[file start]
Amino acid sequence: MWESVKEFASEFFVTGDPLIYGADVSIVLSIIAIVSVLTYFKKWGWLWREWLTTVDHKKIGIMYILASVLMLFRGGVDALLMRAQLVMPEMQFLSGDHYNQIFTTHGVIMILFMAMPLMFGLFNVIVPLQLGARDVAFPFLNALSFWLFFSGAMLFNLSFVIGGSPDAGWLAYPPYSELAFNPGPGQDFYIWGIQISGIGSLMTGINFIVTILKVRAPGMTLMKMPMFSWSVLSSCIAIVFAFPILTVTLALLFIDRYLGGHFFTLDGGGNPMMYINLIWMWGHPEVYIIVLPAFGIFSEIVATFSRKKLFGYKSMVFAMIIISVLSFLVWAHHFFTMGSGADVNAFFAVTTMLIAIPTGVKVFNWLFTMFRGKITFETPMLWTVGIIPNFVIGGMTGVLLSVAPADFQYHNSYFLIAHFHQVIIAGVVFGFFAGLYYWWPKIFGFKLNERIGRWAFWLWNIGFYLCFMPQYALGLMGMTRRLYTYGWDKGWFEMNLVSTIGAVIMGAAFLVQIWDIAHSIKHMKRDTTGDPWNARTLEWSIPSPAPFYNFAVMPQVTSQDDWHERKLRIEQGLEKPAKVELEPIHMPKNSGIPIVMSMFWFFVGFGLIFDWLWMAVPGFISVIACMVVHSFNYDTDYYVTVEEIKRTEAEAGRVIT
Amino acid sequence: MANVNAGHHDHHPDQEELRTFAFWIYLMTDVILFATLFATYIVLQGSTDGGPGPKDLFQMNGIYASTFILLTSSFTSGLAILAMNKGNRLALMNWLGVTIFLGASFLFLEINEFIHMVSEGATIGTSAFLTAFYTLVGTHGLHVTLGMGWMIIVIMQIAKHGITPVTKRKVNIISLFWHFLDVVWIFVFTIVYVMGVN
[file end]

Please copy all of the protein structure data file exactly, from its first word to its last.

Amino acid sequence: MWESVKEFASEFFVTGDPLIYGADVSIVLSIIAIVSVLTYFKKWGWLWREWLTTVDHKKIGIMYILASVLMLFRGGVDALLMRAQLVMPEMQFLSGDHYNQIFTTHGVIMILFMAMPLMFGLFNVIVPLQLGARDVAFPFLNALSFWLFFSGAMLFNLSFVIGGSPDAGWLAYPPYSELAFNPGPGQDFYIWGIQISGIGSLMTGINFIVTILKVRAPGMTLMKMPMFSWSVLSSCIAIVFAFPILTVTLALLFIDRYLGGHFFTLDGGGNPMMYINLIWMWGHPEVYIIVLPAFGIFSEIVATFSRKKLFGYKSMVFAMIIISVLSFLVWAHHFFTMGSGADVNAFFAVTTMLIAIPTGVKVFNWLFTMFRGKITFETPMLWTVGIIPNFVIGGMTGVLLSVAPADFQYHNSYFLIAHFHQVIIAGVVFGFFAGLYYWWPKIFGFKLNERIGRWAFWLWNIGFYLCFMPQYALGLMGMTRRLYTYGWDKGWFEMNLVSTIGAVIMGAAFLVQIWDIAHSIKHMKRDTTGDPWNARTLEWSIPSPAPFYNFAVMPQVTSQDDWHERKLRIEQGLEKPAKVELEPIHMPKNSGIPIVMSMFWFFVGFGLIFDWLWMAVPGFISVIACMVVHSFNYDTDYYVTVEEIKRTEAEAGRVIT
Amino acid sequence: MANVNAGHHDHHPDQEELRTFAFWIYLMTDVILFATLFATYIVLQGSTDGGPGPKDLFQMNGIYASTFILLTSSFTSGLAILAMNKGNRLALMNWLGVTIFLGASFLFLEINEFIHMVSEGATIGTSAFLTAFYTLVGTHGLHVTLGMGWMIIVIMQIAKHGITPVTKRKVNIISLFWHFLDVVWIFVFTIVYVMGVN